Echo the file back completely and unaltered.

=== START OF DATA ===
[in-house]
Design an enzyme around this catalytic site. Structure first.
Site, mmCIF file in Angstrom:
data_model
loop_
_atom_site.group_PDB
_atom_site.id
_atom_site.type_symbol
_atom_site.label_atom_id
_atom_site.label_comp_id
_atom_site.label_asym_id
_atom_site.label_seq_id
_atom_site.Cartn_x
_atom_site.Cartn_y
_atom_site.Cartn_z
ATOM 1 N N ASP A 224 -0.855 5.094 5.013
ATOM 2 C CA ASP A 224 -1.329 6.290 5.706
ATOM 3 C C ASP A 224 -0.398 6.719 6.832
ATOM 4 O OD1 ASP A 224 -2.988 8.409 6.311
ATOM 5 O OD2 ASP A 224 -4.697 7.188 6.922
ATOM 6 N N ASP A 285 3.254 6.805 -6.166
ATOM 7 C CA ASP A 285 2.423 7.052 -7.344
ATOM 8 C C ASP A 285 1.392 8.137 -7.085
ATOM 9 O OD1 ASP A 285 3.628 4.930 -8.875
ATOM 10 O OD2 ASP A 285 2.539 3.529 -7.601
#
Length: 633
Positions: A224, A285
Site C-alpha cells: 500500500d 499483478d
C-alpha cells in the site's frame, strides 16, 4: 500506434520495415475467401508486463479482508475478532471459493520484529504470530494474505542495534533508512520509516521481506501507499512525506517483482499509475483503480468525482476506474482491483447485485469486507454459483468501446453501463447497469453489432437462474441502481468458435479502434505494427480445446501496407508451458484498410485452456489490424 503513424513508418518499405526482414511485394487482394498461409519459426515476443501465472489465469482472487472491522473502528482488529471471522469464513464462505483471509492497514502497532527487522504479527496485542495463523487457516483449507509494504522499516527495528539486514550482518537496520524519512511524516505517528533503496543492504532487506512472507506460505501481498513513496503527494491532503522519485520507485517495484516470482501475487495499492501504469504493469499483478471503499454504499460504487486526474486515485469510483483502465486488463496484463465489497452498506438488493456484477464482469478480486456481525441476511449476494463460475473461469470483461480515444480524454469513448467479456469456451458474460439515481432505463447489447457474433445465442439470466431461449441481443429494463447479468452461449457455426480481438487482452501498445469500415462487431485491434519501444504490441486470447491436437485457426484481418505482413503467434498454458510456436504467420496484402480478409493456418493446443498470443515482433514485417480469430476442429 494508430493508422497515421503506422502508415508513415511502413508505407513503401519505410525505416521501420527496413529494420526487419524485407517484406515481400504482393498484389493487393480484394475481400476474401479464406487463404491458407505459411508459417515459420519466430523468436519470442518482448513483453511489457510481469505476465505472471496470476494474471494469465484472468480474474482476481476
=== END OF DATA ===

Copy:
[in-house]
Design an enzyme around this catalytic site. Structure first.
Site, mmCIF file in Angstrom:
data_model
loop_
_atom_site.group_PDB
_atom_site.id
_atom_site.type_symbol
_atom_site.label_atom_id
_atom_site.label_comp_id
_atom_site.label_asym_id
_atom_site.label_seq_id
_atom_site.Cartn_x
_atom_site.Cartn_y
_atom_site.Cartn_z
ATOM 1 N N ASP A 224 -0.855 5.094 5.013
ATOM 2 C CA ASP A 224 -1.329 6.290 5.706
ATOM 3 C C ASP A 224 -0.398 6.719 6.832
ATOM 4 O OD1 ASP A 224 -2.988 8.409 6.311
ATOM 5 O OD2 ASP A 224 -4.697 7.188 6.922
ATOM 6 N N ASP A 285 3.254 6.805 -6.166
ATOM 7 C CA ASP A 285 2.423 7.052 -7.344
ATOM 8 C C ASP A 285 1.392 8.137 -7.085
ATOM 9 O OD1 ASP A 285 3.628 4.930 -8.875
ATOM 10 O OD2 ASP A 285 2.539 3.529 -7.601
#
Length: 633
Positions: A224, A285
Site C-alpha cells: 500500500d 499483478d
C-alpha cells in the site's frame, strides 16, 4: 500506434520495415475467401508486463479482508475478532471459493520484529504470530494474505542495534533508512520509516521481506501507499512525506517483482499509475483503480468525482476506474482491483447485485469486507454459483468501446453501463447497469453489432437462474441502481468458435479502434505494427480445446501496407508451458484498410485452456489490424 503513424513508418518499405526482414511485394487482394498461409519459426515476443501465472489465469482472487472491522473502528482488529471471522469464513464462505483471509492497514502497532527487522504479527496485542495463523487457516483449507509494504522499516527495528539486514550482518537496520524519512511524516505517528533503496543492504532487506512472507506460505501481498513513496503527494491532503522519485520507485517495484516470482501475487495499492501504469504493469499483478471503499454504499460504487486526474486515485469510483483502465486488463496484463465489497452498506438488493456484477464482469478480486456481525441476511449476494463460475473461469470483461480515444480524454469513448467479456469456451458474460439515481432505463447489447457474433445465442439470466431461449441481443429494463447479468452461449457455426480481438487482452501498445469500415462487431485491434519501444504490441486470447491436437485457426484481418505482413503467434498454458510456436504467420496484402480478409493456418493446443498470443515482433514485417480469430476442429 494508430493508422497515421503506422502508415508513415511502413508505407513503401519505410525505416521501420527496413529494420526487419524485407517484406515481400504482393498484389493487393480484394475481400476474401479464406487463404491458407505459411508459417515459420519466430523468436519470442518482448513483453511489457510481469505476465505472471496470476494474471494469465484472468480474474482476481476